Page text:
Fields of Flight
By Chadd McGlone
Chapel Hill, NC, United States
During my childhood, I spent long summer days in Marysville, Ohio, catching bullfrogs at the pond, building forts in the woods, and riding my bike on the isolated gravel road by my house. These activities were a welcome break from the school year.
On lucky occasions, a rainstorm would flood a nearby field. For the next week, I’d splash around and throw mud balls in my own private pool. By August, I had caught and released so many bullfrogs that they’d learned to wait passively while I scooped them up in my net.
Balloons to the Rescue
As the dog days of summer hit, I was desperate to reconnect with friends I hadn’t seen since school ended. The All Ohio Balloon Rally came to my rescue. Founded in 1975, this event included dozens of hot air balloons and provided a party in the air and on the ground.
Each morning before sunrise, the balloons competed in a daybreak race. My family would target a balloon and chase it in our car. We sped down isolated country roads hoping to lend a hand when the balloon landed. I never knew if our chosen balloons won or not, but I do know we saw the most remarkable sunrises.
The party on the ground started after the balloon rally. In the late morning, I would bike to the festival to see my friends, watch an amazing airshow, and play at the arcade. For me, the first couple of hours involved finding my place in the new town teenage hierarchy. Having not seen my friends for three months, I did not recognize some of them, especially those who grew five inches or styled their hair with a 1980s perm.
Air and Arcade Attractions
Any awkwardness was broken by the thundering of three A-6 fighter jets doing a flyby to kick off an airshow. WWI era biplanes and triplanes performed a mock battle like one that might have involved the Red Baron. Huge WWII-era B-25 bombers flew low overhead to demonstrate their size. Most exciting and anxiety-provoking were the modern stunt pilots. They flew so close to the ground and each other, I don’t know how they avoided crashes.
No festival was complete without a stop at the arcade. The summer before my freshman year, my allowance increased to $4.25 per week. I resolved to save 1/8 of it each week to have enough to try the newest game, Centipede. Players reserved their spot in line by placing a quarter on the machine, hoping you got your coin on the board before the arrival of one of the experts who had been playing the game all summer. Even though I never spent more than five minutes in any one game, those moments were worth all the work I did saving my pocket change.
Up, Up, and Away
The All Ohio Balloon Fest has grown substantially since those early days. A regional attraction that received a new name in the mid-1990s, it now has something for every age, from Star-Wars-themed balloons to children’s bounce houses to live concerts. Even though the air show doesn’t perform anymore, adventurous customers can purchase tickets for helicopter and bi-wing plane rides.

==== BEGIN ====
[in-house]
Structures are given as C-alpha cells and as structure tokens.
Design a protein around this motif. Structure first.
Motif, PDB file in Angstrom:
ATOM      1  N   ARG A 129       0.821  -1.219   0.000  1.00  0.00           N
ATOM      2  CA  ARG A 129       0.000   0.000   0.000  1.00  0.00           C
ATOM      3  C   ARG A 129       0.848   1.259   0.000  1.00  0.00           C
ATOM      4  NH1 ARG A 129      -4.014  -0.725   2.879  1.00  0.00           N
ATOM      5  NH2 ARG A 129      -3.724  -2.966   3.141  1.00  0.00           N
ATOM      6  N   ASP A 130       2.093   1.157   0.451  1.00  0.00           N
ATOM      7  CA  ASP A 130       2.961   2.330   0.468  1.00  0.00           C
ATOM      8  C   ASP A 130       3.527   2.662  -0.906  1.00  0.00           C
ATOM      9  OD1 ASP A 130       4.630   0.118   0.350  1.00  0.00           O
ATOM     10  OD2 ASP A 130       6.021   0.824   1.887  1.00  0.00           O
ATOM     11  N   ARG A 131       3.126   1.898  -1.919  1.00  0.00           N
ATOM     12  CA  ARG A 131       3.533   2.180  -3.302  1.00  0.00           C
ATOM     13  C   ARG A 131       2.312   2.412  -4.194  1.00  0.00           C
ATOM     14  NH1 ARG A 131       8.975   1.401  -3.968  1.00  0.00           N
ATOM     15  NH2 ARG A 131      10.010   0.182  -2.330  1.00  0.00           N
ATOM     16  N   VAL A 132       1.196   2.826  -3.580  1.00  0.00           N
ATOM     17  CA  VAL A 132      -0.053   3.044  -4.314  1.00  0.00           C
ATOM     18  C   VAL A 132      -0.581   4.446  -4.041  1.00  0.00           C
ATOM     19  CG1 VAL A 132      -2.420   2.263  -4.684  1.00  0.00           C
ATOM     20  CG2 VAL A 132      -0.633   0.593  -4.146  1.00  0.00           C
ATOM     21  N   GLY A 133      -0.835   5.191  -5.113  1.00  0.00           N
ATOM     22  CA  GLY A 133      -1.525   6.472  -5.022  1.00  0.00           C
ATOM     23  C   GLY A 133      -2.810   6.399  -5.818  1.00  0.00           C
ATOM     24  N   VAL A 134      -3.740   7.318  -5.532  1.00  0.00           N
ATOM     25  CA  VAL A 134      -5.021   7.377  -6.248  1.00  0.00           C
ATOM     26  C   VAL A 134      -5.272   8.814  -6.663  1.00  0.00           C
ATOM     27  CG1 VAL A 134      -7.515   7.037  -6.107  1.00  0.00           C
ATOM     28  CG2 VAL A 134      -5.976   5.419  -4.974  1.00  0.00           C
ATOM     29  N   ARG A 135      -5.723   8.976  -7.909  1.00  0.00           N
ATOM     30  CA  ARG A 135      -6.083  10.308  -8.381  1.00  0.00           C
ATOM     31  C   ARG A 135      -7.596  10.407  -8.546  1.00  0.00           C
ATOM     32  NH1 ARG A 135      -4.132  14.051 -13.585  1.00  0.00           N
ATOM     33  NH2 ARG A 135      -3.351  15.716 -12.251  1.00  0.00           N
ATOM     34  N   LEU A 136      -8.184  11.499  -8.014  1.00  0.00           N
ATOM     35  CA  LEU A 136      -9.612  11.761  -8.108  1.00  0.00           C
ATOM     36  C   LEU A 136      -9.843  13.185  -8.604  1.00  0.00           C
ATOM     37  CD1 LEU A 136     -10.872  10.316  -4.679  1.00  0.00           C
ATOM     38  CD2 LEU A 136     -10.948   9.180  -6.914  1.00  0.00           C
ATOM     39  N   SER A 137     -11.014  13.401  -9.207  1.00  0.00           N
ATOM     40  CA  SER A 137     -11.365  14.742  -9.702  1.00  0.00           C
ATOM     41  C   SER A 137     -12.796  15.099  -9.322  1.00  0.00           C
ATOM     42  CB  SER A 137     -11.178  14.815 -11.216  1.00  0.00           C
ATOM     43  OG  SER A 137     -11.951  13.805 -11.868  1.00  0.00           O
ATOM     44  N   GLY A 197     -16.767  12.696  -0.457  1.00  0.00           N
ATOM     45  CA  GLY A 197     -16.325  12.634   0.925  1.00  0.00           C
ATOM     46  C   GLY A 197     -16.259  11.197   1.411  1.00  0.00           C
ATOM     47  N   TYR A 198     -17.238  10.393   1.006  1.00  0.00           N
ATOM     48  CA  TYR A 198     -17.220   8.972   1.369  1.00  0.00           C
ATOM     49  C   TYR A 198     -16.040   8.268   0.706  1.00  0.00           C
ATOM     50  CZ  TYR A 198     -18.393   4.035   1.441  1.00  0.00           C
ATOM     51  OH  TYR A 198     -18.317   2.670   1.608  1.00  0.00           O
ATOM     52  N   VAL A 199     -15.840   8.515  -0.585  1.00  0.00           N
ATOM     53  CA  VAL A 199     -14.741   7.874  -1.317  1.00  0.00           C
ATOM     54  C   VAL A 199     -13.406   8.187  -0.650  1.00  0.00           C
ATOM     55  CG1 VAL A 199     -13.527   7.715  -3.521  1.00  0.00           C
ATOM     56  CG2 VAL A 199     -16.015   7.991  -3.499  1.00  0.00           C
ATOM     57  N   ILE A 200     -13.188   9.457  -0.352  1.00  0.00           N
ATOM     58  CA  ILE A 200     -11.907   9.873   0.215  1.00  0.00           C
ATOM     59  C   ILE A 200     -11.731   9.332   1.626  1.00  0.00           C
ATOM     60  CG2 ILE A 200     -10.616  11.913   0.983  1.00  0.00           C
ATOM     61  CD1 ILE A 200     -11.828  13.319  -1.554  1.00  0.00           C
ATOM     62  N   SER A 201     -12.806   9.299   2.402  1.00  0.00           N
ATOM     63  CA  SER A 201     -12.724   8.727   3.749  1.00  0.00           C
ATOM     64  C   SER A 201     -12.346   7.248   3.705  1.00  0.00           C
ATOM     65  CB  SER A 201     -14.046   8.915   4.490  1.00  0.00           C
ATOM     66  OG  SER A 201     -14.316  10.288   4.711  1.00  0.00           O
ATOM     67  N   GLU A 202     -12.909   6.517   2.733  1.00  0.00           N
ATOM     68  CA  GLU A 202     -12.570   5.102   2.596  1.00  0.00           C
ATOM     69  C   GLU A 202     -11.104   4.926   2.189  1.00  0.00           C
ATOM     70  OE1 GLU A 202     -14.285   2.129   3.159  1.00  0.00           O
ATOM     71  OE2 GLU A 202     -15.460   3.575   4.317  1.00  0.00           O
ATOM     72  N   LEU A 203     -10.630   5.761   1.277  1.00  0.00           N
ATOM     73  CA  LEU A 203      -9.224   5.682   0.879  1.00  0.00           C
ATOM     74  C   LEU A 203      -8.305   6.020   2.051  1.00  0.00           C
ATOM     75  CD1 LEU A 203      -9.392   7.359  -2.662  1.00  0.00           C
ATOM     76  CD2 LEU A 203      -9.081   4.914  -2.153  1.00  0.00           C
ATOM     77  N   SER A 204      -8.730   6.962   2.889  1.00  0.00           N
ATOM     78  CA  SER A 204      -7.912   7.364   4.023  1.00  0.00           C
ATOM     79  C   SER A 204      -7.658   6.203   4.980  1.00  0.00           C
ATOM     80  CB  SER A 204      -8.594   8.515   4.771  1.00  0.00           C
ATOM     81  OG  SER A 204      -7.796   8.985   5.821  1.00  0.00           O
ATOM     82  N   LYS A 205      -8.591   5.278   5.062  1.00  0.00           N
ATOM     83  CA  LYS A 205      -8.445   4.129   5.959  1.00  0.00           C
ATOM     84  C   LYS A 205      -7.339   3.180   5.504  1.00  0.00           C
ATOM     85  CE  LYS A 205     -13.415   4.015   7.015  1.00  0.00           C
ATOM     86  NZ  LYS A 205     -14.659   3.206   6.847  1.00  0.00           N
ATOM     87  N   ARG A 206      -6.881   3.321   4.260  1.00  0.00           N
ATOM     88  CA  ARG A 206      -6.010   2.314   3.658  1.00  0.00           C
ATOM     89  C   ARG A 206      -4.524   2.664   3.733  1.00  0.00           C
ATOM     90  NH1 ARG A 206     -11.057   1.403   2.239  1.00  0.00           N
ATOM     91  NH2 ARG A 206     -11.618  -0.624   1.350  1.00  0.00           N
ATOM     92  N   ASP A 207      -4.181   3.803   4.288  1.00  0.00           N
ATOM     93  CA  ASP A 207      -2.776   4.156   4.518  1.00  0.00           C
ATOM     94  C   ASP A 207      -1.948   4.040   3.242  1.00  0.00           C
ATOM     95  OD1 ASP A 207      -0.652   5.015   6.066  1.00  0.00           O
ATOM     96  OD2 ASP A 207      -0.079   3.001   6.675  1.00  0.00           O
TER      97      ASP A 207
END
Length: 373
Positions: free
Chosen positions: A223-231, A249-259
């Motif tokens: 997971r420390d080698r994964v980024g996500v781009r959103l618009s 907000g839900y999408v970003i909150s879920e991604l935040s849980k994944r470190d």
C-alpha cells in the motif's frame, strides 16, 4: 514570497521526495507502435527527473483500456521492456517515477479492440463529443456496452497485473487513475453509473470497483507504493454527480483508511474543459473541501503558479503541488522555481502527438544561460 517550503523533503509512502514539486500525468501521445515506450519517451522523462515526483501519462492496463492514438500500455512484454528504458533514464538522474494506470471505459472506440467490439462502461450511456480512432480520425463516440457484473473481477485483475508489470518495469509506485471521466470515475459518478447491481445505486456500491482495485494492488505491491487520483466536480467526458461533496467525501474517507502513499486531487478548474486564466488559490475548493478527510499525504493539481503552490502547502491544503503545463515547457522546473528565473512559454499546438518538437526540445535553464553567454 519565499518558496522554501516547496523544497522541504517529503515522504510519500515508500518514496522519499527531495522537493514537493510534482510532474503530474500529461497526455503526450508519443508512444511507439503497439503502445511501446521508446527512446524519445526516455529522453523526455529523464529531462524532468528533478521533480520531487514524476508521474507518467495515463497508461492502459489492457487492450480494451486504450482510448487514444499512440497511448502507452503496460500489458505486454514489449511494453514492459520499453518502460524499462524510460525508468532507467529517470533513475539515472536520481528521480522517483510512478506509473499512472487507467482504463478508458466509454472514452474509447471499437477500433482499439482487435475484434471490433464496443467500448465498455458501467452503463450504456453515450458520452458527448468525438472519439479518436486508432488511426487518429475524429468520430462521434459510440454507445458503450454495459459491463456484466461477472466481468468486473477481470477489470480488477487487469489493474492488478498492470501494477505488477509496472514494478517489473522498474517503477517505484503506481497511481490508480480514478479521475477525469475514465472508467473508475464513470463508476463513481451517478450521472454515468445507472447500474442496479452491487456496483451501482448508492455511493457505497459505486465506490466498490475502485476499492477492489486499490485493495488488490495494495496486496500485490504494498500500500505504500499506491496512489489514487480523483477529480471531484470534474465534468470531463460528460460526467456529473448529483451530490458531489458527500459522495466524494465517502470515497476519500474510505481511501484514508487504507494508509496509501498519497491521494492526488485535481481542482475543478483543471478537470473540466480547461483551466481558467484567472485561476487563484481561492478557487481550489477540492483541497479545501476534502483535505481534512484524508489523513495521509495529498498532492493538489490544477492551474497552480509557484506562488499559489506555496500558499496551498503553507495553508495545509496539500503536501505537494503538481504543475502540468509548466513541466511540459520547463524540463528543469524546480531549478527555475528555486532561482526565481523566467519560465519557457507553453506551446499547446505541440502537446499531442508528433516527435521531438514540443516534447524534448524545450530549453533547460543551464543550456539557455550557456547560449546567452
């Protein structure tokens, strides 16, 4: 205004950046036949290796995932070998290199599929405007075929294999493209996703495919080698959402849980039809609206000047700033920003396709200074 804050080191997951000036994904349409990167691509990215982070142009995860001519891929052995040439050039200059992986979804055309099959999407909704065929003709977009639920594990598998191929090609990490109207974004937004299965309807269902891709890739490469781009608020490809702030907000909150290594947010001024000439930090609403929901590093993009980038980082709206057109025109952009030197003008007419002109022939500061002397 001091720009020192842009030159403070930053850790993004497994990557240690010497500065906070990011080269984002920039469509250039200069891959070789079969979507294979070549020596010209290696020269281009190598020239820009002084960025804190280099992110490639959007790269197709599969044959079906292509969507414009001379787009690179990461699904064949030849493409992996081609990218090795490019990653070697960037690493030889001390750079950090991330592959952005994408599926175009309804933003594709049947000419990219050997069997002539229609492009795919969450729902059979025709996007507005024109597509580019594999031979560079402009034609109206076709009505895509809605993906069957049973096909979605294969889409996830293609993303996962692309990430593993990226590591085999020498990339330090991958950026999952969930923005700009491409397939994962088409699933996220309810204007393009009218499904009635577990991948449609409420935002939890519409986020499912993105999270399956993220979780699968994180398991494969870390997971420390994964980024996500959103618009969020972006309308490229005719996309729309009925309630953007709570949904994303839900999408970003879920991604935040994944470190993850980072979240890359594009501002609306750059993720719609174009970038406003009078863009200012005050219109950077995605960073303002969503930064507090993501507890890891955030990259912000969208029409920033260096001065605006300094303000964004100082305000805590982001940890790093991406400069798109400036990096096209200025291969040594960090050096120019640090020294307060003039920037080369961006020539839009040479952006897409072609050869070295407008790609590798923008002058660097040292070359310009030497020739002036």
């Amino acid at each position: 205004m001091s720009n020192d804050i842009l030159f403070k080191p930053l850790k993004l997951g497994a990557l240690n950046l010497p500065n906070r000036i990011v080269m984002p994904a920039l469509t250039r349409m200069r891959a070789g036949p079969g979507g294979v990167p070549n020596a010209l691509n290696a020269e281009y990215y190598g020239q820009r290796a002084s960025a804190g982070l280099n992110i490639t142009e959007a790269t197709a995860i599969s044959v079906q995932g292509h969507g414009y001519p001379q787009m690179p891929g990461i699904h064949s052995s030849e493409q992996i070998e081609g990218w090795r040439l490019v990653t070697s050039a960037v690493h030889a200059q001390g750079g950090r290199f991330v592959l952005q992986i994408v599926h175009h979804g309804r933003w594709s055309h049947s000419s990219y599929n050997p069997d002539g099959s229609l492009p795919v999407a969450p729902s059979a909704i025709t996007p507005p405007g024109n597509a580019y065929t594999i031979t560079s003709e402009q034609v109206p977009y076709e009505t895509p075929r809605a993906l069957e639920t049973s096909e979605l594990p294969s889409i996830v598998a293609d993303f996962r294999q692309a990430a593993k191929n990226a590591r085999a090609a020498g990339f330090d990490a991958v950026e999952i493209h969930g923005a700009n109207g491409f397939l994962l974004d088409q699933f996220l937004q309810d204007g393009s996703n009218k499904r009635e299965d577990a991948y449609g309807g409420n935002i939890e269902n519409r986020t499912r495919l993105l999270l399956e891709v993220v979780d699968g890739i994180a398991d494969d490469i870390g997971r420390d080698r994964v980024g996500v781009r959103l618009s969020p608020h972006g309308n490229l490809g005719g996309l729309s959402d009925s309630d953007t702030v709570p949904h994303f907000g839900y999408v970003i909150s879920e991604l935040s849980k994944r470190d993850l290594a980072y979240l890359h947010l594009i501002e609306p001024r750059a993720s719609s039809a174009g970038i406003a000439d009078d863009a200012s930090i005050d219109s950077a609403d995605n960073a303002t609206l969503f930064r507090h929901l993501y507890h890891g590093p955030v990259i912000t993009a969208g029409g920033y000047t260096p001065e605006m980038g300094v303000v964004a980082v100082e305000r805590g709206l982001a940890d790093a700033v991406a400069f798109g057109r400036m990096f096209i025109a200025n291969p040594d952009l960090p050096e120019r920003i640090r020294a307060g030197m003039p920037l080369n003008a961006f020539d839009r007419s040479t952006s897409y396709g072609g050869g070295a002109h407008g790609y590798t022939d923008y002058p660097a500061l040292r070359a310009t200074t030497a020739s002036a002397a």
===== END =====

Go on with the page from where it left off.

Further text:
Photo Credit: All Ohio Balloon Fest
The balloon launches take place every evening. At 6 PM daily during the festival, 20 balloons take to the skies. At 9 PM are the renowned balloon glows. While inflated and tethered to vehicles, the balloons’ propane burners light up simultaneously, creating a breathtaking scene. On Saturday night, patrons are allowed to visit the balloon pilots.
The event donates the net proceeds each year to a local nonprofit. According to Kevin Behrens, General Manager of the balloon festival, more than $100,000 has helped disadvantaged Ohio residents get back on their feet through the United Way and Hope Center of Union County.
Many thanks to Kevin Behrens, General Manager of the All Ohio Balloon Fest, for his contributions to this story.
Have a suggestion for this story? We’d love for you to submit it!
1. Hot air balloon owners must pay the pilot, pay for fuel, purchase the balloon, and travel to shows. Do an internet search to determine how much an owner should charge for a one-hour flight in order to make a profit. A one-hour flight typically uses 100 liters of propane.
2. The B-25 bomber was critical to US success during World War II. A fully loaded B-25 bomber could travel up to 1,250 miles on a single tank of fuel. Pilots preferred to return to base with at least 10 percent of their fuel remaining.
- How far from base can the B-25 bomber travel on 90 percent of a tank?
- If the bomber had a tailwind of 100 mph on the way to a mission, can it travel further from the base? About how long would it take to make the trip to the mission and back?
Social Justice Questions
- Over the past decade, The All Ohio Balloon Festival has donated a substantial portion of its proceeds to local charities. Do you think every local event should have the same responsibility? Which choice is better: (a) making a donation to local charities or (b) reducing the ticket price so more people can attend?
- Hot air balloons have an impact on the environment. On the one hand, propane has a lower carbon content than gasoline or coal. On the other hand, hot air balloons burn a significant amount of propane. For example, the average balloon uses 30 gallons to fly for one hour. Design changes are making hot air balloons more efficient but also more expensive. How should hot air balloon pilots respond to the ever-growing impact balloons have on the environment?
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